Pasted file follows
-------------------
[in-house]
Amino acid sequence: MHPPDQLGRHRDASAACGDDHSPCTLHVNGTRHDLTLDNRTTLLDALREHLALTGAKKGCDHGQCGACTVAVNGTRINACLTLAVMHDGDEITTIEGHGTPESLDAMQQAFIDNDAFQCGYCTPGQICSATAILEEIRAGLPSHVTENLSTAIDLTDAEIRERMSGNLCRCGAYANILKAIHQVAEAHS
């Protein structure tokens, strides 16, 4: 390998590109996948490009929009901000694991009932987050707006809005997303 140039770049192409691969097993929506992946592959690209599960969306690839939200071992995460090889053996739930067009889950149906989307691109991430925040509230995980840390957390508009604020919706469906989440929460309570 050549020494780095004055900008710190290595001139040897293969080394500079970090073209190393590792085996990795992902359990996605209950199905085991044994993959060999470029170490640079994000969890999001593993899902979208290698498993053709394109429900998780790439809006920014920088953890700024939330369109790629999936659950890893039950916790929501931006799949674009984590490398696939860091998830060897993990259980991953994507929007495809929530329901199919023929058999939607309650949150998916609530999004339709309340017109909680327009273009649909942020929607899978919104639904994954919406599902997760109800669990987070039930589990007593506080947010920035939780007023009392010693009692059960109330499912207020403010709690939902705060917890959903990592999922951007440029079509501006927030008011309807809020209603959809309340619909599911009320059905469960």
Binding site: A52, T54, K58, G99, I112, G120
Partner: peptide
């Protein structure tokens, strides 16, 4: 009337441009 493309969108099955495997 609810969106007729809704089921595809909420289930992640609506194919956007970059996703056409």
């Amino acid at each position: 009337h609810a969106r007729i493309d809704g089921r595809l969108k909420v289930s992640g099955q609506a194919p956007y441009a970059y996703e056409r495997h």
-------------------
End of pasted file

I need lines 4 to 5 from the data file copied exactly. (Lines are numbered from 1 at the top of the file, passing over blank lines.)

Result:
Binding site: A52, T54, K58, G99, I112, G120
Partner: peptide